Fans of the Detroit Red Wings are not happy this week.
Detroit’s in the process of building a new $862 million multi-purpose facility. Up till now, excitement for the Joe Lewis Arena’s replacement was nearly tangible. However, the team and its sponsors really pissed off hockey fans this week. On Tuesday, the Detroit Red Wings’ official social media outlets posted arial photos of new arena… now sporting a massive, 243 foot Little Caesar’s logo.
It doesn’t take much to understand why fans are angry.
It came as quite a shock to the city, as they were expecting something less commercial, and more representative of the city and its teams. Early renders of the arena showed a massive Red Wings logo, decked out in red lights.
This, of course, was never realistic to begin with, seeing as how the Detroit Pistons will be playing there, too. Even so, it’s always difficult to come to terms with the over-commercialization of our favorite sports and teams. Is this particular example that jarring though, in a world where Oracle Arena, Toyota Center and other arenas have their entire structures branded? It goes well beyond arena naming rights to which fans of every major sport are accustomed, but how much is too much?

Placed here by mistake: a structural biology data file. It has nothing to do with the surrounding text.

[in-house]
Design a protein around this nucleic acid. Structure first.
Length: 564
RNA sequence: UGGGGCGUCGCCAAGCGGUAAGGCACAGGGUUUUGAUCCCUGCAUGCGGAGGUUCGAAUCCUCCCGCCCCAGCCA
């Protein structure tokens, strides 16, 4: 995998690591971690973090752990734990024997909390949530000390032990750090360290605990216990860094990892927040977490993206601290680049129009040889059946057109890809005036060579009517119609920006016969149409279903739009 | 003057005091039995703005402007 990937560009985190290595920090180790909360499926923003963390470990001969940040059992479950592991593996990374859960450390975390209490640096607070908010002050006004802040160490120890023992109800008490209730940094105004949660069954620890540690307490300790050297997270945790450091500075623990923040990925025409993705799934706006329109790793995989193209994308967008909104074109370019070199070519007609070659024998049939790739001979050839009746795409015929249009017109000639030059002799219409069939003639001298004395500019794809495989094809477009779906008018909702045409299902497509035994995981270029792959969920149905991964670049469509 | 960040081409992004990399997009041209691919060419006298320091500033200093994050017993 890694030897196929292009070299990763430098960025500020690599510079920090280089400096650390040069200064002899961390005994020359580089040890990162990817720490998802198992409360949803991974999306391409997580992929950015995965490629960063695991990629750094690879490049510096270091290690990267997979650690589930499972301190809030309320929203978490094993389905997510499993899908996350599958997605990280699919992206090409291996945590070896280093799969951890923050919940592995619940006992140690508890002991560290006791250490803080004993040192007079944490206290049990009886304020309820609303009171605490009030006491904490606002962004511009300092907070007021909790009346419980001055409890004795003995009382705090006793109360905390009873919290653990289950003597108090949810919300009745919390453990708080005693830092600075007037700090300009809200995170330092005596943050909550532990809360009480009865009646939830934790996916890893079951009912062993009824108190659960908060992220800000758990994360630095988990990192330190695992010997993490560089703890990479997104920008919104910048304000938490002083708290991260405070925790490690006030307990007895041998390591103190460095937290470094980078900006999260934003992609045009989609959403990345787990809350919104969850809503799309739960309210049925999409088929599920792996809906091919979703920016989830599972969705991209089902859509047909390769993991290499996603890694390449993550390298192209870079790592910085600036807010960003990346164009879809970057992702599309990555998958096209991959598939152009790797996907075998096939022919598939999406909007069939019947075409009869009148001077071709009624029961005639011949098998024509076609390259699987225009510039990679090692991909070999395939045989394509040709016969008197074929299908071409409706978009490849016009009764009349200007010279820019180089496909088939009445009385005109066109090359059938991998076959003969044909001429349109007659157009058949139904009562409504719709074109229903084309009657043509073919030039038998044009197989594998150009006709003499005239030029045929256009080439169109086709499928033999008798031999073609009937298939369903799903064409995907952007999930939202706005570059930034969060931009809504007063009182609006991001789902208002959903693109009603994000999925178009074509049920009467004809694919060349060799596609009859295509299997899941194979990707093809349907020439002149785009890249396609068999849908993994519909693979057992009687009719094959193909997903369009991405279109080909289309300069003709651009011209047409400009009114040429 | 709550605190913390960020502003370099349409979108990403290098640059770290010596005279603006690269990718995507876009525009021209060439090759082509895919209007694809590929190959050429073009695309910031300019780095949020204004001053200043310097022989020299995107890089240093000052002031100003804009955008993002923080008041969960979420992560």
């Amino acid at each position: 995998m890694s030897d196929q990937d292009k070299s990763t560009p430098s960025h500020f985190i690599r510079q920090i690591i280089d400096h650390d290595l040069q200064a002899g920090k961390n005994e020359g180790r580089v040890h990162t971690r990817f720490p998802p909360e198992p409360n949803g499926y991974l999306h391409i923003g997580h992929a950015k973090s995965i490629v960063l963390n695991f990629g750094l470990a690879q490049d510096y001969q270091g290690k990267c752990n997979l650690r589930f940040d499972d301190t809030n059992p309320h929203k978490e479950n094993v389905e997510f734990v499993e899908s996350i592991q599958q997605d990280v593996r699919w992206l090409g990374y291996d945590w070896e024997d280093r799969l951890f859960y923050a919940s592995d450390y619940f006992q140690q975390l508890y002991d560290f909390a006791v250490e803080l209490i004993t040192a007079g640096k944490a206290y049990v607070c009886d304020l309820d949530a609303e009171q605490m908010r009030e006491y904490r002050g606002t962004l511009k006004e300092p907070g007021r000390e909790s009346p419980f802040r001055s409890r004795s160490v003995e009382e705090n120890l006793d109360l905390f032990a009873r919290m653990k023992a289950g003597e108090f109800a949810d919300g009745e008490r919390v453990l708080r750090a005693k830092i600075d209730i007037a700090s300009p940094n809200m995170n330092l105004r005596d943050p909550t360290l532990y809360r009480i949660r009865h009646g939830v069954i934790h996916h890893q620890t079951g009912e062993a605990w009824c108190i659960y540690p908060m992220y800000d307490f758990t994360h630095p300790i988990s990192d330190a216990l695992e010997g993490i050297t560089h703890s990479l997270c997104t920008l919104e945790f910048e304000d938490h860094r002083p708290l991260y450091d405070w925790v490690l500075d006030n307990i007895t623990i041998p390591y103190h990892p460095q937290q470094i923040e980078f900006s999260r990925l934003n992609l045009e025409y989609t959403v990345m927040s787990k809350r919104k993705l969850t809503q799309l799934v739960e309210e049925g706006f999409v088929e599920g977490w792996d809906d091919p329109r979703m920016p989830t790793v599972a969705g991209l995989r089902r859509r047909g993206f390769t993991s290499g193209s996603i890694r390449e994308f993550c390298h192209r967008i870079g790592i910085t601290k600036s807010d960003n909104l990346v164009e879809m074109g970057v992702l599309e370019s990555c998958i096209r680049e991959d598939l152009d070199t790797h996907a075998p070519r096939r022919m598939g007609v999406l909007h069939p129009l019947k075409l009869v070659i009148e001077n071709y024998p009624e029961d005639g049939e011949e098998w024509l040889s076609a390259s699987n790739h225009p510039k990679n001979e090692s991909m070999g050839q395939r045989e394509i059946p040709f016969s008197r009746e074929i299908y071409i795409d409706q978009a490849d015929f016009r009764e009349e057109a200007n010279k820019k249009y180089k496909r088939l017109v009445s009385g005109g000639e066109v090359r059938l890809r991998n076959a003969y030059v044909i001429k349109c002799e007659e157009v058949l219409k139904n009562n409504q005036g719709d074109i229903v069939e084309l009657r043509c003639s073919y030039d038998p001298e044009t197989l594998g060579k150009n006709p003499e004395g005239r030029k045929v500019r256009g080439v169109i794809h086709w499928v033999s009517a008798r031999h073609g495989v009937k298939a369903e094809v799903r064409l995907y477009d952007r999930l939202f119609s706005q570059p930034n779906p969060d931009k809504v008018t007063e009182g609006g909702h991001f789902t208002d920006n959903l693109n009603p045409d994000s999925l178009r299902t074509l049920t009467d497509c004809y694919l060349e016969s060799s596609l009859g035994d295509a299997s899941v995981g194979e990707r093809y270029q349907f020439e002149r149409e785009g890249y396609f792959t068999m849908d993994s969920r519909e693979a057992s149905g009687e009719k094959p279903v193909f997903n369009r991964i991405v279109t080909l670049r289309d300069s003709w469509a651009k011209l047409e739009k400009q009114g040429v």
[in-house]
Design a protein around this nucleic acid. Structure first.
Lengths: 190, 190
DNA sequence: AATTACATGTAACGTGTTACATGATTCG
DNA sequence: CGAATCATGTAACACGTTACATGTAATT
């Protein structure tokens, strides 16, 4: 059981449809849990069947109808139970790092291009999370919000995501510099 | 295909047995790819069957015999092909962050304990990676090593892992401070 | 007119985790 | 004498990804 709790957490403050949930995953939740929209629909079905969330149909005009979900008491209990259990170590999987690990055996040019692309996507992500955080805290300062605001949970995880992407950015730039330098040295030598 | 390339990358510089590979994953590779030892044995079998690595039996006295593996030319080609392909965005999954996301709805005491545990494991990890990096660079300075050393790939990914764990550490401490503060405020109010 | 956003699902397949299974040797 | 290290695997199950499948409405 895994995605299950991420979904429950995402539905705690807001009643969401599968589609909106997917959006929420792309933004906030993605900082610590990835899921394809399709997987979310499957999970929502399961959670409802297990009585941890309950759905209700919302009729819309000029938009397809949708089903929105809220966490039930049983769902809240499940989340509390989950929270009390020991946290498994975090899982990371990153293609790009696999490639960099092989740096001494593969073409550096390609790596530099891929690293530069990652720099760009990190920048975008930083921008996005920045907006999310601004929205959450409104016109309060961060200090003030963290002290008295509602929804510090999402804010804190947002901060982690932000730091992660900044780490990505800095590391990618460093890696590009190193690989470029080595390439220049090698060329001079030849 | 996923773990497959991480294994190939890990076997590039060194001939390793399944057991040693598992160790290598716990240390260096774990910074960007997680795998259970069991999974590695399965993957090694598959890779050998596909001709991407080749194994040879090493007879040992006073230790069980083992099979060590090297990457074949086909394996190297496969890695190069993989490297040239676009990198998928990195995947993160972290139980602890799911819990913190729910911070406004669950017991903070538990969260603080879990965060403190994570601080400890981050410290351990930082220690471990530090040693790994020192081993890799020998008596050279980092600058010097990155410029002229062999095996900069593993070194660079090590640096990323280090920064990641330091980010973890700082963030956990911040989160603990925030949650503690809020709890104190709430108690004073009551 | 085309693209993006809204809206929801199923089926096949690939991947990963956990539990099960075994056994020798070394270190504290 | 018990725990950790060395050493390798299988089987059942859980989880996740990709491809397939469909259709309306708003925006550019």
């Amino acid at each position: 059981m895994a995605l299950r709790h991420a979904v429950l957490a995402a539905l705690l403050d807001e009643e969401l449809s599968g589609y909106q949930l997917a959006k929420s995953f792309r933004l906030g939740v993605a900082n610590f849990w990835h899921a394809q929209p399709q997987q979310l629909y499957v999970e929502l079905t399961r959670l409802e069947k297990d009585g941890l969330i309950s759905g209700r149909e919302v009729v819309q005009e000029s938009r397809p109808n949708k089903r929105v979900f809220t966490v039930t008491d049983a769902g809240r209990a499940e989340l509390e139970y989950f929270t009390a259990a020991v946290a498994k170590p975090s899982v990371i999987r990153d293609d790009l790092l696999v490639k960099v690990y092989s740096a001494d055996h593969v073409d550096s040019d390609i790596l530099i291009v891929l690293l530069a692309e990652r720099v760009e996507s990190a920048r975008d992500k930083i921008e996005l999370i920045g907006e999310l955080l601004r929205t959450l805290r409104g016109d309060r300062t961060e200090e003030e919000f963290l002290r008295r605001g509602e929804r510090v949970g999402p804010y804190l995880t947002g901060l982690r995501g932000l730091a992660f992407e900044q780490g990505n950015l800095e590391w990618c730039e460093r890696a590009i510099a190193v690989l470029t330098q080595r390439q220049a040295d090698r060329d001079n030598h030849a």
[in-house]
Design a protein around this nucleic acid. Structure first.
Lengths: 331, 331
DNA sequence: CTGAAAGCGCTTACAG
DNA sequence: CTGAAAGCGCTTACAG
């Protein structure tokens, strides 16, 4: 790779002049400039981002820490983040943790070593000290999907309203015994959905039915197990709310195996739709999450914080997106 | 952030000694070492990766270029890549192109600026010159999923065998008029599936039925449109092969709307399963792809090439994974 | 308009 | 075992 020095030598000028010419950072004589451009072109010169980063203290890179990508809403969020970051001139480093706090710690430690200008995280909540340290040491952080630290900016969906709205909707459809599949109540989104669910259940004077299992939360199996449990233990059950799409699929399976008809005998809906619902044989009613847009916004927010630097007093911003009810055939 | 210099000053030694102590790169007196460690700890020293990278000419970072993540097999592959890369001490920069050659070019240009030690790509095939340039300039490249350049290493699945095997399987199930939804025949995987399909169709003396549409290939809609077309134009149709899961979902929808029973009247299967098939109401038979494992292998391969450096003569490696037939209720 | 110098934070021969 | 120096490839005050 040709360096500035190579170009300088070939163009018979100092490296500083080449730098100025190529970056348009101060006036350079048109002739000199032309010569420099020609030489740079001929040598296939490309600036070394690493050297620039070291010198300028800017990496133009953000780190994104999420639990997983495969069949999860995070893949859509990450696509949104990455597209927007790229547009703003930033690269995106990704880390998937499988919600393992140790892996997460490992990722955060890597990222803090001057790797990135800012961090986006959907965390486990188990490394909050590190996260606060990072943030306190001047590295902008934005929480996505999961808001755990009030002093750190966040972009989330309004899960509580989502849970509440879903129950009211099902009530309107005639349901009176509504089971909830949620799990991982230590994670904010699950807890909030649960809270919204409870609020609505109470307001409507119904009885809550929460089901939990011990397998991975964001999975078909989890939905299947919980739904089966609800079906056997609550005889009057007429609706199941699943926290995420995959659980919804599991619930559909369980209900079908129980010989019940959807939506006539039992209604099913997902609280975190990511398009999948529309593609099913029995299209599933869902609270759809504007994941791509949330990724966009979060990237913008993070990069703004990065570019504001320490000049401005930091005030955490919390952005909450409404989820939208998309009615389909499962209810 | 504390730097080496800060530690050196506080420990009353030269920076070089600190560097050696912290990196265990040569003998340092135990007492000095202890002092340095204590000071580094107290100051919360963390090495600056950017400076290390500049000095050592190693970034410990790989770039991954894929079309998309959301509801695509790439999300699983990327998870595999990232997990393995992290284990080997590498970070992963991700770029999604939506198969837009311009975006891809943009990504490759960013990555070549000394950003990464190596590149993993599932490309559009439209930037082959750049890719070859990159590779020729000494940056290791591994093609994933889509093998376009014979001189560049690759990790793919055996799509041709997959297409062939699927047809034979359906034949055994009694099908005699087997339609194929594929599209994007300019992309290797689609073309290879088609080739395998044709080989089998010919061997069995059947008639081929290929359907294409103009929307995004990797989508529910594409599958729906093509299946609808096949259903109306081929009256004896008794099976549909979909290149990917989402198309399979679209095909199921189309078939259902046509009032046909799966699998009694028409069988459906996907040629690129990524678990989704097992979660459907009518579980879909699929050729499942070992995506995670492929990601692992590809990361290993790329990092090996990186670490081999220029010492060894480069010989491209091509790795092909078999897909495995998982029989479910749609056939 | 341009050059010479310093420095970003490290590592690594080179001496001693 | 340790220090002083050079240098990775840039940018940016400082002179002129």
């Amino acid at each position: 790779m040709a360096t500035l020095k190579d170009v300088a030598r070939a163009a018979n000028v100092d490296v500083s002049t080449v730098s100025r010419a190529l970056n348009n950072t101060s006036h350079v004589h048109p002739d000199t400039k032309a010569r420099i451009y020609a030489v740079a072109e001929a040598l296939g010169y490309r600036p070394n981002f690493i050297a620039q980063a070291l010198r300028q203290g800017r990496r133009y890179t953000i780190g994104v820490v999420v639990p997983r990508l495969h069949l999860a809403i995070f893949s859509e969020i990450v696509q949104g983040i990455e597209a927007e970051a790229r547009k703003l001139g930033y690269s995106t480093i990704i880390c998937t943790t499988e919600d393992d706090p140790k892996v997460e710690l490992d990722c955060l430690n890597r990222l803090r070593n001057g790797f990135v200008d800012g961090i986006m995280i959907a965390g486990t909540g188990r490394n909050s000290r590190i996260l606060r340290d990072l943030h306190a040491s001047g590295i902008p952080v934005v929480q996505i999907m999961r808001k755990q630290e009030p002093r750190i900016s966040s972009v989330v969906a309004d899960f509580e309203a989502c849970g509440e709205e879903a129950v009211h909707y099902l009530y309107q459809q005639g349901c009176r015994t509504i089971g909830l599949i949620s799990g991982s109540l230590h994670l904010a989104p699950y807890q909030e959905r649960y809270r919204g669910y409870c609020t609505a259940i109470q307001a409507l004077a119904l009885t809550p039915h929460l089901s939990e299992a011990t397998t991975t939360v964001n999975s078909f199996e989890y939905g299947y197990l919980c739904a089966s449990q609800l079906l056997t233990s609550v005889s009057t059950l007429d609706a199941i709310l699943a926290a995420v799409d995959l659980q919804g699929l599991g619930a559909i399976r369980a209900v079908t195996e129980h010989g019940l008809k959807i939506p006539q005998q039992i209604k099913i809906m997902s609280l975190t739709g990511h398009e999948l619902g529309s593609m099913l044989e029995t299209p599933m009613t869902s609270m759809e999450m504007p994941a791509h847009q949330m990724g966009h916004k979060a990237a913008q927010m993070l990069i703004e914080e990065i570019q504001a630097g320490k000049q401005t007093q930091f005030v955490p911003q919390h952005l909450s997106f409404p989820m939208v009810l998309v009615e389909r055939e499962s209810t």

So, we went ahead and fixed the arena controversy for them.
Joking aside, we’re on the cusp of something big in terms of the commercialization of sports. Eight NBA teams will be wearing jerseys sporting advertising in the 2017-18 season, and you can expect more to sign up as the season gets closer. NFL players are encouraging a players strike if salaries aren’t increased. That money has to come from somewhere.
Are we ready to see our favorite NHL, NBA and NFL teams sporting jerseys akin to the top Soccer clubs in the world? Probably not — a Little Caesar’s logo on an arena is one thing; a Little Caesar’s logo in place of the Winged Wheel is another. But for those Soccer teams, jersey sponsorship accounts for as much as 7% of the team’s total revenue!
What do you think?
Are you willing to trade your team’s identity for more revenue, or is tradition more important than salary inflation and the cost of operating a team? It’s a tough call… sound off in the comments below, or hit up our FORUMS and let’s talk about it.